There were quite a few transport related stories from around the Internet that caught my attention yesterday that I thought readers might like. Here is a summary of them
Truck Blind Spot
This video comes from Transport for London showing the blind spot of a truck
Stupid Scaremongering on the Shore
Some locals on the North Shore are trying to drum up fear about four storey buildings (note: that is not high rise) being built by Ngati Whatua
People on a North Shore street where up to 100 new residences could rise are worried about building height and traffic issues and want the community to rein in the developers.
A flyer distributed along Ngataringa Rd asked locals if they knew three- and four-storey apartment blocks could rise on the empty Wakakura block owned by Ngati Whatua o Orakei above Ngataringa Bay.
Flyer writer and resident Petra Heemskerk wants people to try to stop the intensive housing estate because buildings up to four levels or 14.5m could rise in the centre of the site, up to three storeys or 11m along Ngataringa Rd and up to 8m or two storeys alongside the Lake Rd and Wakakura Cres ends of the site.
“The issue is not the development of the site in itself. I think it is fair to say that most residents here are not opposed to the land being developed,” she said.
“The issue is intensive development. The streets near Wakakura Cres are all dead-end streets with one- or two-storey houses and it is hard to see how apartment blocks will fit in with the character of the neighbouring area.”
Only problem is the stupid residents haven’t bothered to check what’s allowed there and the Unitary Plan pretty clearly lists the site as Mixed Housing Suburban which limits buildings to two storeys in height
A 3d version of Streetmix
You remember streetmix right? this guy is building a something similar but in 3d. It’s fairly limited at this stage but hopefully he is able to give a lot more options as would be superb to use to help show how we can make out cities better.
I must say, I’ve long wondered why we can’t use some of the technology employed to make games to help better visualise making out city better.
A Stroll Around the World
Two-time Pulitzer Prize-winning journalist Paul Salopek is taking on a pretty epic journey, he’s retracing the paths taken by the first humans as they colonised the world and over a 7 year period is walking from Cape Horn in Africa to Tierra del Fuego in South America. In this piece in the New York Times he writes about it and his observations about how we view and interact with the world when behind the wheel of a car, something he calls Car Brain.
“Why did you leave the road?” one Saudi friend asked me, puzzled, when I improvised an obvious shortcut across a mountain range. “The highway is always straighter.”
To him, the earth’s surface beyond the pavement was simply a moving tableau — a gauzy, unreal backdrop for his high-speed travel. He was spatially crippled. The writer Rebecca Solnit nails this mind-set perfectly in her book “Wanderlust: A History of Walking”: “In a sense the car has become a prosthetic, and though prosthetics are usually for injured or missing limbs, the auto-prosthetic is for a conceptually impaired body or a body impaired by the creation of a world that is no longer human in scale.”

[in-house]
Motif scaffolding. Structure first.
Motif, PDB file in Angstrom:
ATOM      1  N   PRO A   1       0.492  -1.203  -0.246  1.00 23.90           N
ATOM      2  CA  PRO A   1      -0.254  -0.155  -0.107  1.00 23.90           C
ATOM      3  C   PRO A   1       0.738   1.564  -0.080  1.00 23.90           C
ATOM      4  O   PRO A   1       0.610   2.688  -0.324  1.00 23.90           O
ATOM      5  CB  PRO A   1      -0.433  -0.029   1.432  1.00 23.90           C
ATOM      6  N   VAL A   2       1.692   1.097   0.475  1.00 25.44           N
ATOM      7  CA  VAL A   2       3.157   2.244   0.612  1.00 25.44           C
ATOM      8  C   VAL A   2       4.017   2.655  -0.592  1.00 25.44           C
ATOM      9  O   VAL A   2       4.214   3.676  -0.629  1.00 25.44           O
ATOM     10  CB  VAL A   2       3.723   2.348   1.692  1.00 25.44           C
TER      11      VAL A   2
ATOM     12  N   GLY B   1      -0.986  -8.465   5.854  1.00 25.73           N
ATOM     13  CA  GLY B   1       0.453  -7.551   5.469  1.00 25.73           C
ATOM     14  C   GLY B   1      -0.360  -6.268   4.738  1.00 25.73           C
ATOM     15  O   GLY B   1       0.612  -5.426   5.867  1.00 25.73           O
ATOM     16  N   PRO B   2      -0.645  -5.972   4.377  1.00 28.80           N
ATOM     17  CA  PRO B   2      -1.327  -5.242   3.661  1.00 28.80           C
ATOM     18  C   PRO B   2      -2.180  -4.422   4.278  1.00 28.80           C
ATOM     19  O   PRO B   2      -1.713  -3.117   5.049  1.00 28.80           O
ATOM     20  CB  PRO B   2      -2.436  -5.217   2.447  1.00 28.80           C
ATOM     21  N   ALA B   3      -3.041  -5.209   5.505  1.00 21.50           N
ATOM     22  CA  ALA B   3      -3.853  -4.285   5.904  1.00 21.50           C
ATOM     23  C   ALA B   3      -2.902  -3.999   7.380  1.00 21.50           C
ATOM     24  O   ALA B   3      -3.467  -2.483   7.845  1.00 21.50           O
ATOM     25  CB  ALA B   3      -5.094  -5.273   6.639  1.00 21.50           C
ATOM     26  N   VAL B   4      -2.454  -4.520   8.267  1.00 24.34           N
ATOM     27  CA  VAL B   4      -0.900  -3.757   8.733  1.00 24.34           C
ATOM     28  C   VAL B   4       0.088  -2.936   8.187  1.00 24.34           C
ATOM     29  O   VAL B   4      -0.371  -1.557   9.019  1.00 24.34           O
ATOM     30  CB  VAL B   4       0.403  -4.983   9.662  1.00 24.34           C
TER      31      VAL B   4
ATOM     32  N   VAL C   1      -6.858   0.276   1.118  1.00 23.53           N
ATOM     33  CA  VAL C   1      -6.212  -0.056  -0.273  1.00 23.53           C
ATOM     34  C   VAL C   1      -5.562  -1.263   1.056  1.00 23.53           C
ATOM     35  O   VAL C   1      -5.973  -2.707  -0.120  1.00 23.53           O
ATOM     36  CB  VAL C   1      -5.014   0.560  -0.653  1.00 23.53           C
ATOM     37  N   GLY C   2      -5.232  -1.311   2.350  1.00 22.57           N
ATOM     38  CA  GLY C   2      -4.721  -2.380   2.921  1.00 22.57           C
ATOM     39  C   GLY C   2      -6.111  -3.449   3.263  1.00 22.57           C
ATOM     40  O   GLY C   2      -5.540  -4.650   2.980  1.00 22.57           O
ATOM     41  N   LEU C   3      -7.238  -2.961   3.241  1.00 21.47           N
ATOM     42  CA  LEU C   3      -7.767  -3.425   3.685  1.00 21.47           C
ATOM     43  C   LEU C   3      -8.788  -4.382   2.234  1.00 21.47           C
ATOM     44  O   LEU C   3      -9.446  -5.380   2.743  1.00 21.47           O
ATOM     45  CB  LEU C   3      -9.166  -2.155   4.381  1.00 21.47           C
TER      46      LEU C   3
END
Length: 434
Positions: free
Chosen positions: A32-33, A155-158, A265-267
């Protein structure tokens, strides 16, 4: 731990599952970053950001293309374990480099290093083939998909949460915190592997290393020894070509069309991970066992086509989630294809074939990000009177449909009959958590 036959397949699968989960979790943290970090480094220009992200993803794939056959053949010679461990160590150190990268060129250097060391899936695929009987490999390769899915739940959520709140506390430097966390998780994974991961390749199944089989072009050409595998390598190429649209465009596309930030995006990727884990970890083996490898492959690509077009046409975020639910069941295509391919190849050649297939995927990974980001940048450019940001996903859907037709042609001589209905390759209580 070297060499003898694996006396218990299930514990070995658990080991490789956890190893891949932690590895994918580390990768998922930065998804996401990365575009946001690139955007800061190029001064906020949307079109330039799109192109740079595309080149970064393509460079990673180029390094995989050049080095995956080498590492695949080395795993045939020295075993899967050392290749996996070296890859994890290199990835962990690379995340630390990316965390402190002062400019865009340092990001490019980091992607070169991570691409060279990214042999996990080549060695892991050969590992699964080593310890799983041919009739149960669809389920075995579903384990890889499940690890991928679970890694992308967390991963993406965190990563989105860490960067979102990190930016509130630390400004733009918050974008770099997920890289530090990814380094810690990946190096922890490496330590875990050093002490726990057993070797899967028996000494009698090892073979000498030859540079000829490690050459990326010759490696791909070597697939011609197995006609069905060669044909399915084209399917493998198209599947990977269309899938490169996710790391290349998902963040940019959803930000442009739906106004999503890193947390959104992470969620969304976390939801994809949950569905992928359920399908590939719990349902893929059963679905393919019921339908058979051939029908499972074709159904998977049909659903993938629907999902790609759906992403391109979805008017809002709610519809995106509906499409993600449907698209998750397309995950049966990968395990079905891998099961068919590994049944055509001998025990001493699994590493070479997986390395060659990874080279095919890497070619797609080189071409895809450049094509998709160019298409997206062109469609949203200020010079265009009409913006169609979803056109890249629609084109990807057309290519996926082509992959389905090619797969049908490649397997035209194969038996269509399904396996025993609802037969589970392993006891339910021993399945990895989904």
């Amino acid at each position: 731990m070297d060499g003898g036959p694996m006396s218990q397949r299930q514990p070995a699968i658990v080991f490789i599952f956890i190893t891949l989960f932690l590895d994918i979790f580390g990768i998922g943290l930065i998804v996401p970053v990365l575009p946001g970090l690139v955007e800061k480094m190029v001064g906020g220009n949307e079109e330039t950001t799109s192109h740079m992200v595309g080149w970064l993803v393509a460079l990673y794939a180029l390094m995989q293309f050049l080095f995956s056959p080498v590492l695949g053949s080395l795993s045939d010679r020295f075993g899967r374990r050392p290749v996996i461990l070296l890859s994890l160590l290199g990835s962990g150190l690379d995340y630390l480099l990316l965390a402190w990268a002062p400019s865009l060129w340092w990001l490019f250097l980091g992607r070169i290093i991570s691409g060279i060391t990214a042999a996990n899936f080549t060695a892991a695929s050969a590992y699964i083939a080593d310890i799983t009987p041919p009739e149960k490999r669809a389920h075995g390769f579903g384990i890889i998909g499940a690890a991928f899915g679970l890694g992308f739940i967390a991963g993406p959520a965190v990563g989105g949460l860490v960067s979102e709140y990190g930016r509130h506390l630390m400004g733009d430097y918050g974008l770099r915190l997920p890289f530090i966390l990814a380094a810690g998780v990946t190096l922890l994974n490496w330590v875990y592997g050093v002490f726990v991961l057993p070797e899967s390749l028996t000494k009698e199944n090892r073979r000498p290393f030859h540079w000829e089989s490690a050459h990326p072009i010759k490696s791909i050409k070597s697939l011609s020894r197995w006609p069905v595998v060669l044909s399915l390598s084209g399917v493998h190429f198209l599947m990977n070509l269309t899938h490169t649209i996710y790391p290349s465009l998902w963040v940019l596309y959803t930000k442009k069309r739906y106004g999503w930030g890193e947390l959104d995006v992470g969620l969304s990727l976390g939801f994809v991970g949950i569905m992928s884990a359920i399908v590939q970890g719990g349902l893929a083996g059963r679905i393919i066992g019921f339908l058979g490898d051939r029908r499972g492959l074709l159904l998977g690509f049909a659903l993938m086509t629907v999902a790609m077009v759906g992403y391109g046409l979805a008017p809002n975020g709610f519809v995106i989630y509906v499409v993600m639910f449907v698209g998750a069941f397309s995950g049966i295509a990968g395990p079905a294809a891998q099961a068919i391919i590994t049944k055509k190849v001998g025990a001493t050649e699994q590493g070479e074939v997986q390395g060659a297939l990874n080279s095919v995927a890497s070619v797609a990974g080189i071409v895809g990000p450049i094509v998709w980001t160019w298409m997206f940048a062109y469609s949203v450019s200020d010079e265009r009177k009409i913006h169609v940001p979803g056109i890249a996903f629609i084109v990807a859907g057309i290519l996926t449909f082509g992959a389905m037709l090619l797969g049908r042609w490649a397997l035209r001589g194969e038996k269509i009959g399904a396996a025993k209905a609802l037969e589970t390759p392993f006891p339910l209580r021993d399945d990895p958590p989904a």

I just call it Car Brain
Cocooned inside a bubble of loud noise and a tonnage of steel, members of the internal combustion tribe tend to adopt ownership of all consumable space. They roar too close. They squint with curiosity out of the privacy of their cars as if they themselves were invisible. In Saudi Arabia, this sometimes meant a total loss of privacy as Bedouins in pickups, soldiers in S.U.V.’s and curiosity seekers in sedans circled my desert camps as if visiting an open-air zoo, gaping at the novelty of a man on foot with two cargo camels. Other motorists steered next to my elbow for hundreds of yards, interrogating me through a rolled-down car window. (Not to pick on Saudi Arabia, which is no worse than any other Car Brain society, but exactly one driver in 700 miles of walking in the kingdom bothered to park and stroll along for a while.)
The whole thing is definitely worth a read. The Atlantic Cities piece on the article is quite good too.
You know things are really auto-dependant when….
Two stories from different parts of Tennessee:
The first a dad who walked to pick his kids up from school gets arrested for refusing to wait in a line of cars.
And the second a lady is being threatened with legal action by the council for letting her grandchildren ride their bikes on a quiet residential street.
Charlotte Mayor Bill Davis said it was “absolutely” true that in Charlotte kids can’t ride their bike on roads owned by the town; a resolution passed by the town in 2003 states that no one can “ride an all terrain vehicle, skateboard, roller blades, and roller skates or conduct similar activities on the city streets, in the city park or on the Court Square of Charlotte.”
A law that doesn’t allow children to play outside on rollerblades, skateboards or bicycles interferes with basic play, according to Mathis, who said she was “stunned” when she got the letter from the city. Mathis has lived on Old Columbia Road in Charlotte for 13 years, the first she’s heard of illegal biking.
And even though bikes are not included specifically, Davis said it’s implied in the language “similar activities.”
To both of those cases I just thing Wow